COMMUNITY FORUM

brendansr

05:57PM | 11/23/03
Member Since: 11/22/03
1 lifetime posts
Bvmisc
Hi: My neighbor would like to build an addition that will be 28 feet high when completed.The addition consists of a garage on the first floor ,then a room over,then a high pitched roof 8/12 pitch.I say it will be actually a 3 story building which is not allowed on our deeds in our developement.Is there any source of info which defines a residential story in terms of height?If highest house in the neighborhood is now only 18 feet high.If this neighbor builds the addition then all our views of the valley below will be blocked! thanks Brendan

treebeard

01:58AM | 11/24/03
Member Since: 01/14/03
265 lifetime posts
The definition of what constitutes a 'story' will vary from place to place around the country...even within your own state. If your development has it's own covenants regarding what can and can not be done with the development but does not attend to the definition of a 'story', you should go to your local zoning code(s) and see how those codes define the word. In some communities the term 'story' is defined. In some the term is left undefined and the subject is governed by 'building height'. The definition of 'building height' can also vary, some defining it by simple largest distance between top of structure and adjacent grade and some by average grade, which can become rather complicated and cumbersome.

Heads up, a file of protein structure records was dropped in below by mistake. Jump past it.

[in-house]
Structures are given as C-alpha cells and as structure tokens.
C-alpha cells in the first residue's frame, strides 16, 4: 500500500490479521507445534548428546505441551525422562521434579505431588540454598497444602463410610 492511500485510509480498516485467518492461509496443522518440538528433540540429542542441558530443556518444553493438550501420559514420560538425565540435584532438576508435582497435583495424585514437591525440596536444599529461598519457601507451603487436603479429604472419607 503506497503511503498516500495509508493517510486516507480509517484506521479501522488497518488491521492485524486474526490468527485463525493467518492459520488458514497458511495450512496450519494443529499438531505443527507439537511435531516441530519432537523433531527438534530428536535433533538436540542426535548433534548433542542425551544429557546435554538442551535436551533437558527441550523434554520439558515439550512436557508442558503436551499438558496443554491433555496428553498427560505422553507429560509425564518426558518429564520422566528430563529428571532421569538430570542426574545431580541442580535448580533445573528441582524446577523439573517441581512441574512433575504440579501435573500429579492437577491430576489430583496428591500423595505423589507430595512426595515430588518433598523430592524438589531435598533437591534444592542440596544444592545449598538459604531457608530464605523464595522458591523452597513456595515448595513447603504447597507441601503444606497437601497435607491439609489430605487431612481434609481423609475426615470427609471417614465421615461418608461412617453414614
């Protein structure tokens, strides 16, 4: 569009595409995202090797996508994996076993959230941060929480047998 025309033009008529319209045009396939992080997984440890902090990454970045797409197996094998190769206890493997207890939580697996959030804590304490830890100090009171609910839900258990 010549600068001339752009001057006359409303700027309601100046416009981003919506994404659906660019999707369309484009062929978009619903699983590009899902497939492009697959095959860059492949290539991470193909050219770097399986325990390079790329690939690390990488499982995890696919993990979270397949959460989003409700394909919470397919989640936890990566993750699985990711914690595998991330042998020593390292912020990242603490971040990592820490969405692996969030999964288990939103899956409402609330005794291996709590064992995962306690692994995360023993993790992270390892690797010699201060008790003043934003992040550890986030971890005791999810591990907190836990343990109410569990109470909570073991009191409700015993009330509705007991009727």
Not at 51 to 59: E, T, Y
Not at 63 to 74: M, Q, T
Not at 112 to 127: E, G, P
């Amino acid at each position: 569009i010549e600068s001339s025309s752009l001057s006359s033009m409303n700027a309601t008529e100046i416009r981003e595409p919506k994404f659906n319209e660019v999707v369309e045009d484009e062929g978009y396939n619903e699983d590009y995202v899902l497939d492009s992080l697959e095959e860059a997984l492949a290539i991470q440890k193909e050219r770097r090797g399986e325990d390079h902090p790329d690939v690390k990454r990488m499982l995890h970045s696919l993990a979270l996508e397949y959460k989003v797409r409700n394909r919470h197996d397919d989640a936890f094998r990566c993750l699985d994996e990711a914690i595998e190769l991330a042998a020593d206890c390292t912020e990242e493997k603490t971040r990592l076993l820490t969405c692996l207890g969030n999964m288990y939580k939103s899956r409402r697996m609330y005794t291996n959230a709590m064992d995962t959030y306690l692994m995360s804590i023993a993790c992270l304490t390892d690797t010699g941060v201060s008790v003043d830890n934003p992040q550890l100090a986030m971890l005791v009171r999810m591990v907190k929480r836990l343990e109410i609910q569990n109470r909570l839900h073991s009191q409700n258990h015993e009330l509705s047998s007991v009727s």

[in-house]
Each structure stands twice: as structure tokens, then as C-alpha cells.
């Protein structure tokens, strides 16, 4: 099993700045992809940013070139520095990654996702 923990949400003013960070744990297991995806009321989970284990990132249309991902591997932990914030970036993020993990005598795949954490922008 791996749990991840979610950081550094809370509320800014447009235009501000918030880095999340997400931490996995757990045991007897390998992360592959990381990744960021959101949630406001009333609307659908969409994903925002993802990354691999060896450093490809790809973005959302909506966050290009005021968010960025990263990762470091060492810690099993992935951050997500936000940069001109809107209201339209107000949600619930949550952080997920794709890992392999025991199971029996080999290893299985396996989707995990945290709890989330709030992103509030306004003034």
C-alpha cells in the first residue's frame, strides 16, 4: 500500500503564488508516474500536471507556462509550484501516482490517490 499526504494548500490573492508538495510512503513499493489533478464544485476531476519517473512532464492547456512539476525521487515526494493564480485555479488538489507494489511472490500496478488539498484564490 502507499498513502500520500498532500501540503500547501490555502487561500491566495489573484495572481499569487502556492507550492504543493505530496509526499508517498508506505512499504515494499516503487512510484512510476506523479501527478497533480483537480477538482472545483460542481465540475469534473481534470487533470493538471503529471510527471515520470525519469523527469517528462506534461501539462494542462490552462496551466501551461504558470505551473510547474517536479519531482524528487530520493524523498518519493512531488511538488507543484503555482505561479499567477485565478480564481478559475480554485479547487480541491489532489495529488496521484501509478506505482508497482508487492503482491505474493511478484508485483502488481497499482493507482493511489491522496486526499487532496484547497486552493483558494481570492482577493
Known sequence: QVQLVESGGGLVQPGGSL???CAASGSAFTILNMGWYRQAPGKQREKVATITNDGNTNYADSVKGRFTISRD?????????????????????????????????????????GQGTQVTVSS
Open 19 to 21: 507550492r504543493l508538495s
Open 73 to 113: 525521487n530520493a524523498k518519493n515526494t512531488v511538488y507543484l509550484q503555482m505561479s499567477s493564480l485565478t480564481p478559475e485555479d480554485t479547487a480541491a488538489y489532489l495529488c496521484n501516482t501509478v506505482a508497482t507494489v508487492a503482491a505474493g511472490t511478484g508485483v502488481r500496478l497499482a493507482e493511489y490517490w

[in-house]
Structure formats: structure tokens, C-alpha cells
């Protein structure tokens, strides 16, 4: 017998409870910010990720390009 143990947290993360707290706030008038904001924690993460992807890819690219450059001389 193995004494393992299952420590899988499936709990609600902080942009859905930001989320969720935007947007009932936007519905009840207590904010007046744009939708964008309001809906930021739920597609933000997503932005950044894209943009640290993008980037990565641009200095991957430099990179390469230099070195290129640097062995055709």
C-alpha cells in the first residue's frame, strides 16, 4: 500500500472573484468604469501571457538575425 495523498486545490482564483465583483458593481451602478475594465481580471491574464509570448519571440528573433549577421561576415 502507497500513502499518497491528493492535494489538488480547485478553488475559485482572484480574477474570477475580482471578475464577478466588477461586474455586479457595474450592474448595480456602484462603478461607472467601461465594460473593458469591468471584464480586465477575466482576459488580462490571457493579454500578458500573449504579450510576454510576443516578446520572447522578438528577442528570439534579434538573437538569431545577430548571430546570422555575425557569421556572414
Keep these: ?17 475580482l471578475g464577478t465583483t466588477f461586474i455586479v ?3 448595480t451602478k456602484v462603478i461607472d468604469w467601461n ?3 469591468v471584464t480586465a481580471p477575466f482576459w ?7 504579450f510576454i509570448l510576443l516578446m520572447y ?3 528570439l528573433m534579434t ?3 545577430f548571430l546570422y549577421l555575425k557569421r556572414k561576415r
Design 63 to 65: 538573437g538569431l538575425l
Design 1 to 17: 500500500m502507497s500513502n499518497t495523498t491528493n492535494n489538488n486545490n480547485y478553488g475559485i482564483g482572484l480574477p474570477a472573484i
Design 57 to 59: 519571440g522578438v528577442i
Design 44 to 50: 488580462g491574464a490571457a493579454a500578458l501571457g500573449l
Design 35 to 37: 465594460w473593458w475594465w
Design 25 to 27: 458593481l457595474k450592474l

Usually, the term 'story' has much to do with habitable space, and not attic, or unused space. The definition and regulations for or against stories above a certain number come from the fire department, insurance, and life/safety concerns based on available local fire fighting abilities and equipment. In that case, the 'attic' or uninhabited space above your neighbors second floor space would not constitute a third story. But if the word 'story' is defined in terms of building height, your neighbor may have an issue with it.

Bottom line is, don't depend on a strict definition or yes/no answer to your question here. Look into your local development covenants (if they exist) or your local zoning code for the answer.

k2

10:20AM | 11/24/03
Member Since: 06/06/03
1250 lifetime posts
I'm no expert on this subject, but you sure see a lot of "pop-ups" in the Denver area--and people get really upset--but they still go in. I think a lot of what are called "2-story" homes can be REALLY tall--if you consider a walkout basement, for example, THEN add 2 stories on top of THAT (and of course a high-pitched roof).

I think Treebeard is correct--you can't really expect a definitive 'yes/no' answer here. But some covenant-controlled communities attach view protection covenants to certain lots. (This explains some of the flat-roof construction in certain hilly areas.) These (from what I understand) are quite specific regarding the exact building limits (in FEET, not STORIES) for specific lots. That's probably some pretty good view protection....but I don't suppose your neighbor's house has any such restriction(?)

Best of luck,
-k2.

[This message has been edited by k2 (edited November 24, 2003).]

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